Human beings, like all primates, are primarily visual animals. We depend on our eyes far more than our ears or noses to apprehend and understand the world around us.
This means that, to a pretty good first approximation, we are aware of, think about, and respond to (or, in other words, ‘manage’) what we can see, and ignore what we can’t. Since it’s best to work with, not against, the grain of millions of years of evolution if you want to get stuff done, the Prime Directive of effective management is to make your work visual.
By representing your work visually in a unified way across all the group(s) of people involved in that work – those who request it, do it, check it, manage it, pay for it and benefit from it – then all these people will have a verifiably similar understanding of that work: what’s been done, its current status, what’s coming in the near/middle/far future, what milestones have been achieved thus far and what the problems exist. Without such a common understanding of the world and its challenges, these multiple people are not a team in any real sense of the word, and are correspondingly unlikely to make systematic progress together.
It is thus no exaggeration to say that the common understanding of work, that can only be achieved by making work visual, is how you build effective teams, and teams are what allow you to make progress and deliver what the organisation needs. It really is that important. In my experience very few teams have ever given their work visualisation much thought, and as a result not that many do it well, leading to poor coordination and massive waste.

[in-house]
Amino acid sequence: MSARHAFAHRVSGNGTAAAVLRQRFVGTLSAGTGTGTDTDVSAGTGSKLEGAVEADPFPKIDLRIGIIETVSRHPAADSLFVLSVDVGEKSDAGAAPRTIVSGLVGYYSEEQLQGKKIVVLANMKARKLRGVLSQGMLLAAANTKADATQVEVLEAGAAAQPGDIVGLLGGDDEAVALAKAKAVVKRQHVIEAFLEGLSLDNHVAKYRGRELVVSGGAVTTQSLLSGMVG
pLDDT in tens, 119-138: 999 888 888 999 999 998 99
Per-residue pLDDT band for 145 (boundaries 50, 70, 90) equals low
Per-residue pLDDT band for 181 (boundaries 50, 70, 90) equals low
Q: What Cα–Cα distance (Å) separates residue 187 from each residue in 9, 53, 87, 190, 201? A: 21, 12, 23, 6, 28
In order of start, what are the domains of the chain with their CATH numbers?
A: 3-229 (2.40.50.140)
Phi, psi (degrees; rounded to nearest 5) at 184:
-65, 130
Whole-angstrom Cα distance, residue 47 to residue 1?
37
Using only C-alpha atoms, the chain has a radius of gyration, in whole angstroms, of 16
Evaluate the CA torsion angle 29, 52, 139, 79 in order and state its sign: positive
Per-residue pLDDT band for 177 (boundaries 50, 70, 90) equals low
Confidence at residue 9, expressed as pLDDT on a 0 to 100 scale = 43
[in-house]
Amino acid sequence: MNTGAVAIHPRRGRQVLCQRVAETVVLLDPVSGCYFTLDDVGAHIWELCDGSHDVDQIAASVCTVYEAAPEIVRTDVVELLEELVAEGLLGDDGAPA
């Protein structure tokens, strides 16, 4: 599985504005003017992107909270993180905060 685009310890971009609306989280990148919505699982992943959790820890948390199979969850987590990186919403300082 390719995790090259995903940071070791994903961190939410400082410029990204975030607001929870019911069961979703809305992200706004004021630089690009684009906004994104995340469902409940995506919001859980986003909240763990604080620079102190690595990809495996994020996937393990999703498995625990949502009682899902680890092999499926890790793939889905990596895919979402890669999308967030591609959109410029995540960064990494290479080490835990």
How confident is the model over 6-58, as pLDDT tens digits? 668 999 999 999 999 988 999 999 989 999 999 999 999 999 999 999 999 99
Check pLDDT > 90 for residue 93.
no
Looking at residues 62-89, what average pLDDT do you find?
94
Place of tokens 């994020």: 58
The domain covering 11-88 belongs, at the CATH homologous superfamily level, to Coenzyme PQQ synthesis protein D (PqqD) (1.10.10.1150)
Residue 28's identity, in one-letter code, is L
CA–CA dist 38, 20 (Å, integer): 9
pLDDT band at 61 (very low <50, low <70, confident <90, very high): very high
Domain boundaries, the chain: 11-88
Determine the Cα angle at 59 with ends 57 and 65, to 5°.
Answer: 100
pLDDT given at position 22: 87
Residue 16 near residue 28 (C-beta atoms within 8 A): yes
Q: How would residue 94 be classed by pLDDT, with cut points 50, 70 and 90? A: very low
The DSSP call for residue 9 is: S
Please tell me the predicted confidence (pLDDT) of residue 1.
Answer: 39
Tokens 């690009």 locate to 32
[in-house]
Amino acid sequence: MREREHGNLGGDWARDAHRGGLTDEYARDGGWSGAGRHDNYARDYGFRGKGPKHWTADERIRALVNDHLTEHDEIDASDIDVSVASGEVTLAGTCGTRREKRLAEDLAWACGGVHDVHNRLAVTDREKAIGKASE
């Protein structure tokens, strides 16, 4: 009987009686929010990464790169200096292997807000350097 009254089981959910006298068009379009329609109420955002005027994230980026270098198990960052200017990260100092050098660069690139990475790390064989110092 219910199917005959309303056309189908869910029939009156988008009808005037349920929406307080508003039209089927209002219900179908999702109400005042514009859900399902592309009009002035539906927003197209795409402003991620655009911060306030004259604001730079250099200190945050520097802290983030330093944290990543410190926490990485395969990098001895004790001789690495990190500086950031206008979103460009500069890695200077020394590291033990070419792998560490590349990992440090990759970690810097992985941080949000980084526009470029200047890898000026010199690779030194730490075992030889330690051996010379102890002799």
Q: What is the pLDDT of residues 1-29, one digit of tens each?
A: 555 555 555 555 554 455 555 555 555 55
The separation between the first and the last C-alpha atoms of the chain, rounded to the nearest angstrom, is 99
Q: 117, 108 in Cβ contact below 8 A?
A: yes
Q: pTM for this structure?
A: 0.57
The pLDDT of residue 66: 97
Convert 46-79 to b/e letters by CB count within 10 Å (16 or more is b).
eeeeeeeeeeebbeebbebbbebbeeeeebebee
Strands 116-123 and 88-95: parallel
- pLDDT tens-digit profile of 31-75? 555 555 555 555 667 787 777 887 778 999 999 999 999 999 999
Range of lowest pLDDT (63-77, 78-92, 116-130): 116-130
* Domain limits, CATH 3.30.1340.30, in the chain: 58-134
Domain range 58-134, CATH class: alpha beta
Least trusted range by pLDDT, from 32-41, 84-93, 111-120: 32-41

To summarise: in complex fields such as professional software development, if you want to act like a team and manage your work effectively to make any progress, and do not want to risk wasting all your money and time, you must find good ways to make your work visual.
So what kind of visualisation are we talking about? The relevant characteristic of software development is that work passes through a series of discrete steps, moving through many hands as it does so, both between teams, and within teams (the typical sub-teams in software development being: Dev, Test & Product). While this flow of work has some loops and eddies in practice (ie parts of it are iterative), there is still a clear direction of travel, broadly: idea generation and selection – fleshing out – coding – checking – sending live (= done).
Such step-wise work with multiple handovers is best visualised on a two-dimensional grid, where the vertical columns represent the steps that the work flows through, from left to right (or right to left if everyone’s native language is Arabic or Hebrew), and the individual chunks of work are represented by cards or tickets that sit in the columns. Such a board goes under many names, perhaps the most common being Agile Board or Kanban Board. Although the latter is probably the most accurate term, the principle of visualisation is broader than any one methodology, so I will use ‘Agile Board’ by preference.
As always, lousy implementation will ruin even the very best of ideas, so such an Agile Board needs to be set up, maintained and used well, and I will write a series of articles on this topic.
In conclusion; proper work visualisation using Agile Boards is the arguably single most important component of efficient management of software development. Only by leveraging our most important sense, vision, can you effectively create common understanding and a sense of teamwork in complex organisations. Most software teams try to implement it to some extent (especially if they are more influenced by Kanban than Scrum), but few think about it deeply and many attempted implementations are deeply flawed, which goes a long way to explaining the wasted money and poor outcomes of much professional software development.
As an industry, we need to do this better.